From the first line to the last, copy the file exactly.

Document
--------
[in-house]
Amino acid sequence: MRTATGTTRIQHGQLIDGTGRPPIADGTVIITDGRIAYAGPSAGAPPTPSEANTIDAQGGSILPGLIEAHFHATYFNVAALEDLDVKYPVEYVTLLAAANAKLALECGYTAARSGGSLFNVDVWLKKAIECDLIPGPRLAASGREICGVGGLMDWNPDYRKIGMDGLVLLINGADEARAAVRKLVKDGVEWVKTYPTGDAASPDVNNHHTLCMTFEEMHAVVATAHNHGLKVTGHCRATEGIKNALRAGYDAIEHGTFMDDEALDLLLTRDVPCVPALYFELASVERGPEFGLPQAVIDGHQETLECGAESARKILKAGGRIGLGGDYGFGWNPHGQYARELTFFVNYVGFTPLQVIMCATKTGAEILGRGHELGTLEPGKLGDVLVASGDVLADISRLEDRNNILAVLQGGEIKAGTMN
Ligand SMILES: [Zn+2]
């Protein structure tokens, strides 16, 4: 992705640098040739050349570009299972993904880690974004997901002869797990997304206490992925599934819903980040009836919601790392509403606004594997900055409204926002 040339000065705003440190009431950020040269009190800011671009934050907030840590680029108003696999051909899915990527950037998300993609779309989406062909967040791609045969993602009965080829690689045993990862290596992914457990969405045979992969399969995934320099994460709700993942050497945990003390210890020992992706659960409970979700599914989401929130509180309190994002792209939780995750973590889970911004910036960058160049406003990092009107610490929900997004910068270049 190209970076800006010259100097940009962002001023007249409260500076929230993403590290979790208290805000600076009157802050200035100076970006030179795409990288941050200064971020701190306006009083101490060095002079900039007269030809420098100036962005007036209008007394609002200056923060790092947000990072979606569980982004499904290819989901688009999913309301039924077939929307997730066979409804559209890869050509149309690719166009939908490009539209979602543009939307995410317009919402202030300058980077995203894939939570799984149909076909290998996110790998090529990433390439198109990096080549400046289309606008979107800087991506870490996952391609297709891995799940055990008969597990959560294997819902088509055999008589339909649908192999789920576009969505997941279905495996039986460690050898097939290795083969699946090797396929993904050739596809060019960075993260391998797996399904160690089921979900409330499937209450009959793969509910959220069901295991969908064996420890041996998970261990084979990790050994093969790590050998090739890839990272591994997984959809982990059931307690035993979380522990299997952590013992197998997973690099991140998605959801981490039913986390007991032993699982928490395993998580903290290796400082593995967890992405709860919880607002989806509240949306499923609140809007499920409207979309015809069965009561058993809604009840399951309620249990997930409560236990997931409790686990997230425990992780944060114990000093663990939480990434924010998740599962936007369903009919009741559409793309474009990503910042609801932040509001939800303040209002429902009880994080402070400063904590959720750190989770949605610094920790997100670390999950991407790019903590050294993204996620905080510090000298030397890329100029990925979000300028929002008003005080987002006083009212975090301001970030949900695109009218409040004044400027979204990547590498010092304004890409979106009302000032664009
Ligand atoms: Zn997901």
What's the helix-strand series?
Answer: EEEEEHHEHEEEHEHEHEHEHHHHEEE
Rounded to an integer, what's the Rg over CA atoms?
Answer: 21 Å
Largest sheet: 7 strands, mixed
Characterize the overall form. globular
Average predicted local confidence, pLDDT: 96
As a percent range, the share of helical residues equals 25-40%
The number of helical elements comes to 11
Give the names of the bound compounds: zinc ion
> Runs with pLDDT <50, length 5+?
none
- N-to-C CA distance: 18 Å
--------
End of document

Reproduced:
[in-house]
Amino acid sequence: MRTATGTTRIQHGQLIDGTGRPPIADGTVIITDGRIAYAGPSAGAPPTPSEANTIDAQGGSILPGLIEAHFHATYFNVAALEDLDVKYPVEYVTLLAAANAKLALECGYTAARSGGSLFNVDVWLKKAIECDLIPGPRLAASGREICGVGGLMDWNPDYRKIGMDGLVLLINGADEARAAVRKLVKDGVEWVKTYPTGDAASPDVNNHHTLCMTFEEMHAVVATAHNHGLKVTGHCRATEGIKNALRAGYDAIEHGTFMDDEALDLLLTRDVPCVPALYFELASVERGPEFGLPQAVIDGHQETLECGAESARKILKAGGRIGLGGDYGFGWNPHGQYARELTFFVNYVGFTPLQVIMCATKTGAEILGRGHELGTLEPGKLGDVLVASGDVLADISRLEDRNNILAVLQGGEIKAGTMN
Ligand SMILES: [Zn+2]
């Protein structure tokens, strides 16, 4: 992705640098040739050349570009299972993904880690974004997901002869797990997304206490992925599934819903980040009836919601790392509403606004594997900055409204926002 040339000065705003440190009431950020040269009190800011671009934050907030840590680029108003696999051909899915990527950037998300993609779309989406062909967040791609045969993602009965080829690689045993990862290596992914457990969405045979992969399969995934320099994460709700993942050497945990003390210890020992992706659960409970979700599914989401929130509180309190994002792209939780995750973590889970911004910036960058160049406003990092009107610490929900997004910068270049 190209970076800006010259100097940009962002001023007249409260500076929230993403590290979790208290805000600076009157802050200035100076970006030179795409990288941050200064971020701190306006009083101490060095002079900039007269030809420098100036962005007036209008007394609002200056923060790092947000990072979606569980982004499904290819989901688009999913309301039924077939929307997730066979409804559209890869050509149309690719166009939908490009539209979602543009939307995410317009919402202030300058980077995203894939939570799984149909076909290998996110790998090529990433390439198109990096080549400046289309606008979107800087991506870490996952391609297709891995799940055990008969597990959560294997819902088509055999008589339909649908192999789920576009969505997941279905495996039986460690050898097939290795083969699946090797396929993904050739596809060019960075993260391998797996399904160690089921979900409330499937209450009959793969509910959220069901295991969908064996420890041996998970261990084979990790050994093969790590050998090739890839990272591994997984959809982990059931307690035993979380522990299997952590013992197998997973690099991140998605959801981490039913986390007991032993699982928490395993998580903290290796400082593995967890992405709860919880607002989806509240949306499923609140809007499920409207979309015809069965009561058993809604009840399951309620249990997930409560236990997931409790686990997230425990992780944060114990000093663990939480990434924010998740599962936007369903009919009741559409793309474009990503910042609801932040509001939800303040209002429902009880994080402070400063904590959720750190989770949605610094920790997100670390999950991407790019903590050294993204996620905080510090000298030397890329100029990925979000300028929002008003005080987002006083009212975090301001970030949900695109009218409040004044400027979204990547590498010092304004890409979106009302000032664009
Ligand atoms: Zn997901």
What's the helix-strand series?
Answer: EEEEEHHEHEEEHEHEHEHEHHHHEEE
Rounded to an integer, what's the Rg over CA atoms?
Answer: 21 Å
Largest sheet: 7 strands, mixed
Characterize the overall form. globular
Average predicted local confidence, pLDDT: 96
As a percent range, the share of helical residues equals 25-40%
The number of helical elements comes to 11
Give the names of the bound compounds: zinc ion
> Runs with pLDDT <50, length 5+?
none
- N-to-C CA distance: 18 Å